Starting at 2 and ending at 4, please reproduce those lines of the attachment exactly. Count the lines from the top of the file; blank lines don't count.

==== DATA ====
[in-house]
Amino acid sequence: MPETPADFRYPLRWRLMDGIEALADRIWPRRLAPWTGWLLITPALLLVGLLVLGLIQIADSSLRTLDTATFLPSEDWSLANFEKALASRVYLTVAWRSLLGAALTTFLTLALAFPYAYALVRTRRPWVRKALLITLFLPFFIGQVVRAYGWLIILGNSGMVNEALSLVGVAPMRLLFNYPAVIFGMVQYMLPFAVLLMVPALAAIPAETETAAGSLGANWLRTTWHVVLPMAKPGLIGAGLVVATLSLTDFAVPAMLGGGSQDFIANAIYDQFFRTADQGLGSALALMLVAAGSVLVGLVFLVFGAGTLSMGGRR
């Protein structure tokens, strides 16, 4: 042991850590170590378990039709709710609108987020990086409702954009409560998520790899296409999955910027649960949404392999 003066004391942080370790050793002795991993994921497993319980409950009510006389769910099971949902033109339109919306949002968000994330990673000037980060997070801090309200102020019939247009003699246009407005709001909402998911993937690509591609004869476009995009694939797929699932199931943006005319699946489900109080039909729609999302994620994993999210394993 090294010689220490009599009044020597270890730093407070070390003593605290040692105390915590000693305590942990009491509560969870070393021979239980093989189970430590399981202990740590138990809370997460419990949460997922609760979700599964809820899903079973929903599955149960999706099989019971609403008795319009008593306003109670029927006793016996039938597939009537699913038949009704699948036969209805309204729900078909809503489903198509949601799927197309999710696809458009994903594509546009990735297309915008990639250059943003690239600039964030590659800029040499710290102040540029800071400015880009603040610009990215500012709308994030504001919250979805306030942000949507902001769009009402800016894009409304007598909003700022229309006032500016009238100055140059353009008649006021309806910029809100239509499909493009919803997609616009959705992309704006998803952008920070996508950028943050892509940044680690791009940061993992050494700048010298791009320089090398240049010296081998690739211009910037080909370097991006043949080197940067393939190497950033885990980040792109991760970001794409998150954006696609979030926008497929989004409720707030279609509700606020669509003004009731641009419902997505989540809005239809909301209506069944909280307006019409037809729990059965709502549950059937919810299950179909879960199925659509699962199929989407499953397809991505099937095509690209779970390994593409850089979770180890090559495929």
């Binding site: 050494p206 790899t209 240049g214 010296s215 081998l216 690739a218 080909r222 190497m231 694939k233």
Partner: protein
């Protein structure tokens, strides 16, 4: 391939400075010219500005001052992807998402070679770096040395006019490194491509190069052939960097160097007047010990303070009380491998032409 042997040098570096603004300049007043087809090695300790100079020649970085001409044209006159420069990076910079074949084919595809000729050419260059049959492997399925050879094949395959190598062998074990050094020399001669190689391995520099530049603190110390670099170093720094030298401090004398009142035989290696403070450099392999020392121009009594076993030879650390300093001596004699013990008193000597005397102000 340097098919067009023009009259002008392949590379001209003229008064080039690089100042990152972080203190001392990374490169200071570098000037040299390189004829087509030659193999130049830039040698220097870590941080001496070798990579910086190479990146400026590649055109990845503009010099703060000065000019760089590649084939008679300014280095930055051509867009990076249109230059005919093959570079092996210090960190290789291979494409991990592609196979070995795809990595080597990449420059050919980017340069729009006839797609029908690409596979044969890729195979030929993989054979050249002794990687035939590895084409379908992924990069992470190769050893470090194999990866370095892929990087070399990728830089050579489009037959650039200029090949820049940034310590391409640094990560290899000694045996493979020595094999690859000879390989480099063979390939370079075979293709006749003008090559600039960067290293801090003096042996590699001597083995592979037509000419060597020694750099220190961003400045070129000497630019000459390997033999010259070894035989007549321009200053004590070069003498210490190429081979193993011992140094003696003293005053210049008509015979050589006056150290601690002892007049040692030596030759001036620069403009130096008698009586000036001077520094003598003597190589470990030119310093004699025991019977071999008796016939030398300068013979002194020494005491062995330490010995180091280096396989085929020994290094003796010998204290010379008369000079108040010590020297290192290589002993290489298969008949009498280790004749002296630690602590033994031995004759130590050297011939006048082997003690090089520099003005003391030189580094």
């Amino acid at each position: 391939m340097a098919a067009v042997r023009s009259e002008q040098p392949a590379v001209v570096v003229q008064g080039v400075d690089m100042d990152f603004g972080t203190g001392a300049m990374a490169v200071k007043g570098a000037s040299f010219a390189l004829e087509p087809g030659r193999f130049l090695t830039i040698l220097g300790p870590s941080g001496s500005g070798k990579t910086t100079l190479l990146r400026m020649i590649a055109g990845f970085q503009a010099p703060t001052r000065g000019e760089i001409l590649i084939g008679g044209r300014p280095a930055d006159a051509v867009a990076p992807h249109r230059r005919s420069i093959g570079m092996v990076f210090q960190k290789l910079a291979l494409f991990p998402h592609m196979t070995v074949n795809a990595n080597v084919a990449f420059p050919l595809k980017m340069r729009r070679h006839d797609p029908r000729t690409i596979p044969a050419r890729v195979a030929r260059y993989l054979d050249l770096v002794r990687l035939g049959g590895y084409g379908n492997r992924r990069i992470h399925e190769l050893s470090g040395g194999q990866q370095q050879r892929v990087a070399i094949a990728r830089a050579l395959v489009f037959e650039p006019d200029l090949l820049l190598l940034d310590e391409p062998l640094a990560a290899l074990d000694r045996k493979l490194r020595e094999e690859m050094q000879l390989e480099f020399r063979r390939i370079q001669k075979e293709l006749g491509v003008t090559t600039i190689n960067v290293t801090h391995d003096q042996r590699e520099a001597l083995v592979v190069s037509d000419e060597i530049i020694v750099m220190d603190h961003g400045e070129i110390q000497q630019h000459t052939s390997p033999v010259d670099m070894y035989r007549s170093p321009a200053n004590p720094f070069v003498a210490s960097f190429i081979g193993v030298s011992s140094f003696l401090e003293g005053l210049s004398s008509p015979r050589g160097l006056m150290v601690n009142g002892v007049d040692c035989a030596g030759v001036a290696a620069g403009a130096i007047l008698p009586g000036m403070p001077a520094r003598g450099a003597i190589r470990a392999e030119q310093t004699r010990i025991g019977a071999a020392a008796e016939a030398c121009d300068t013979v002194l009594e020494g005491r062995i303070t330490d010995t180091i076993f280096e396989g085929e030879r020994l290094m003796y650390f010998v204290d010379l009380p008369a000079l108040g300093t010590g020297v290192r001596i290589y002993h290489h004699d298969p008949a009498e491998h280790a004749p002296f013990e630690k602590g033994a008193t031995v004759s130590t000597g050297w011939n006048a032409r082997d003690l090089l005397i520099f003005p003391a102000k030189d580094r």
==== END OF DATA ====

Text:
Amino acid sequence: MPETPADFRYPLRWRLMDGIEALADRIWPRRLAPWTGWLLITPALLLVGLLVLGLIQIADSSLRTLDTATFLPSEDWSLANFEKALASRVYLTVAWRSLLGAALTTFLTLALAFPYAYALVRTRRPWVRKALLITLFLPFFIGQVVRAYGWLIILGNSGMVNEALSLVGVAPMRLLFNYPAVIFGMVQYMLPFAVLLMVPALAAIPAETETAAGSLGANWLRTTWHVVLPMAKPGLIGAGLVVATLSLTDFAVPAMLGGGSQDFIANAIYDQFFRTADQGLGSALALMLVAAGSVLVGLVFLVFGAGTLSMGGRR
């Protein structure tokens, strides 16, 4: 042991850590170590378990039709709710609108987020990086409702954009409560998520790899296409999955910027649960949404392999 003066004391942080370790050793002795991993994921497993319980409950009510006389769910099971949902033109339109919306949002968000994330990673000037980060997070801090309200102020019939247009003699246009407005709001909402998911993937690509591609004869476009995009694939797929699932199931943006005319699946489900109080039909729609999302994620994993999210394993 090294010689220490009599009044020597270890730093407070070390003593605290040692105390915590000693305590942990009491509560969870070393021979239980093989189970430590399981202990740590138990809370997460419990949460997922609760979700599964809820899903079973929903599955149960999706099989019971609403008795319009008593306003109670029927006793016996039938597939009537699913038949009704699948036969209805309204729900078909809503489903198509949601799927197309999710696809458009994903594509546009990735297309915008990639250059943003690239600039964030590659800029040499710290102040540029800071400015880009603040610009990215500012709308994030504001919250979805306030942000949507902001769009009402800016894009409304007598909003700022229309006032500016009238100055140059353009008649006021309806910029809100239509499909493009919803997609616009959705992309704006998803952008920070996508950028943050892509940044680690791009940061993992050494700048010298791009320089090398240049010296081998690739211009910037080909370097991006043949080197940067393939190497950033885990980040792109991760970001794409998150954006696609979030926008497929989004409720707030279609509700606020669509003004009731641009419902997505989540809005239809909301209506069944909280307006019409037809729990059965709502549950059937919810299950179909879960199925659509699962199929989407499953397809991505099937095509690209779970390994593409850089979770180890090559495929």
């Binding site: 050494p206 790899t209 240049g214 010296s215 081998l216 690739a218 080909r222 190497m231 694939k233």